Tuesday, 9 December 2008

"Your days are happy"

Only twice a year did I feel incapable of sleeping. No matter how hard I shut my eye-lids, my mental machinery kept working away and conjuring up all sorts of scenarios and preparing suitable verbal and physical responses. The night before the first day of the new school year was a night of planning, unprecedented ambitions and promises of academic improvement. The night before Eid Al Fitr, however, was all about money. 'How much am I going to make tomorrow?' I constantly asked myself. Hours later, I would shut my eyes and force myself to stop thinking.

Eid was arguably the highlight of the year's religious and social calendar. A day when everyone came together, putting personal piffs aside and reaffirming our human unity - as if! For kids, however, Eid was like the financial district's bonus season (in the long gone times when such rewards existed!) The more relatives -investors- you had, the higher your dividends. After showering and putting on my new or new-looking clothes, I had celebratory breakfast with my family for the first time after a month of fasting - Geimar (thick cream), strawberry jam and tea made for a delicious meal. A few of us would be miming names of particular firework types and one of my brothers who was responsible for supplying them would either mime back or make gestures with his hand to inform us of his final reduction in price.

Having visited our relatives and collected our semiannual pay-out, we rushed to what is known only for the day as 'Eid Square.' Scores of children shouted and sprinted from one ride to another, like a flock of seagulls pouncing on a fisherman's boat. A small ferris wheel was the centre point of a number of lame attractions that included a raffle stall; a fireworks stall; a shoot 'em up table and a candyfloss corner. The main attraction was a couple of group swings with two smoking men with thick moustaches at the helm doing all the pushing and shouting so as to excite the lunatic crowd. Only I seemed to notice that one of the swings was right next to an electric post with dangerous-looking cables dangling from it. Unfortunately for me, it was the swing that I was sitting in. As the kids bellowed out a traditional Eid chant: "Push harder! We won't come down unless we're beaten up!", I screamed my heart out. "STOOPPP!! LET ME DOWN!" I never liked being pushed hard on swings but this was swings liked I'd never seen before: with a group of crazed children and an ominous man pushing so hard that my seat would occasionally hit the cable from the nearby post. I got off that ride with my hands on my face and my brothers' mocking laughs ringing in my ears.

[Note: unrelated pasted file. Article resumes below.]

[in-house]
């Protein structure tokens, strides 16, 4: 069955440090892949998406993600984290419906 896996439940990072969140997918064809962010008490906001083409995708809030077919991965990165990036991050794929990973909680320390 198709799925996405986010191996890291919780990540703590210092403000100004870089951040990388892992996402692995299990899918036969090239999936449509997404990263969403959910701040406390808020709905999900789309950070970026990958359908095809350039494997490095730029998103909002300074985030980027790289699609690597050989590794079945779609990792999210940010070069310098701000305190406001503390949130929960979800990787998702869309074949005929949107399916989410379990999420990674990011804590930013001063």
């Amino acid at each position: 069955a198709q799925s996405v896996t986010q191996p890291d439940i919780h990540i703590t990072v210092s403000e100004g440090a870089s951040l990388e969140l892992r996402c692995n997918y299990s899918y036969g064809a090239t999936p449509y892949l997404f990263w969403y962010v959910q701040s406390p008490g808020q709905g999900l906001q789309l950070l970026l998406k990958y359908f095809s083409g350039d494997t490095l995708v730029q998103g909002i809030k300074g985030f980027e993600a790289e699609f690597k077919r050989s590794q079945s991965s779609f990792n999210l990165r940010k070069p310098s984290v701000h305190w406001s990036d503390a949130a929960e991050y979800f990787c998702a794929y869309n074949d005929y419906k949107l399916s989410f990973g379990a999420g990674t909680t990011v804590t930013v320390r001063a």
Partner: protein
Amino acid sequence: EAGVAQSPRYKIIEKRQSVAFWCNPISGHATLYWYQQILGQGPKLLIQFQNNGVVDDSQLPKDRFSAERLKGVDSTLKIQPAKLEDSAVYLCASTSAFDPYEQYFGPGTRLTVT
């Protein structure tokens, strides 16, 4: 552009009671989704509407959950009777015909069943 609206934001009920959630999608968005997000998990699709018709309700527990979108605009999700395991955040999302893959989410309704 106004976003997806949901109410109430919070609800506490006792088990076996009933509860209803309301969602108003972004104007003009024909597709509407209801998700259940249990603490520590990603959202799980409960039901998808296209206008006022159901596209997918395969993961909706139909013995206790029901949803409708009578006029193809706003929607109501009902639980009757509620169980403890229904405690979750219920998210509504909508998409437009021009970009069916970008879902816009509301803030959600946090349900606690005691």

Eid also meant new clothes, for young and old. Children wore different kinds of outfits to mark the occasion. Some wore checkered suits with elastic ties that made them look old and stupid; others wore jeans, shirts and sunglasses eventhough it was during a relatively cold time of year. As I look back now, I'm grateful to have been the odd-looking kid who dressed casually and sometimes didn't even manage to buy new clothes for one reason or other. I was content with what I had and didn't pay much attention to sartorial details - oh how I'd love to be of such aesthetic modesty today!
After spending hours on minute-long rides that seemed to our naive and mathematically-inept brains like an eternity, we would call it a day and go home with bucketloads of joy, excitement and inevitable regret at wasting all our money. If we were lucky, we'd be treated to a film or other such luxury. Our minds would then go back into school mode and we would start methodically panicking over our unfinished, or unstarted, homework.
This was how I celebrated Eid more than a decade ago. Today, as hard as I try and as desperately as I search, I cannot find much happiness in such communal festivities. People always asked me why I never look happy whenever there's something to celebrate; my robotic response is something along the lines of "Who said I'm not happy? I am, but I'm not going to dance about it, am I?"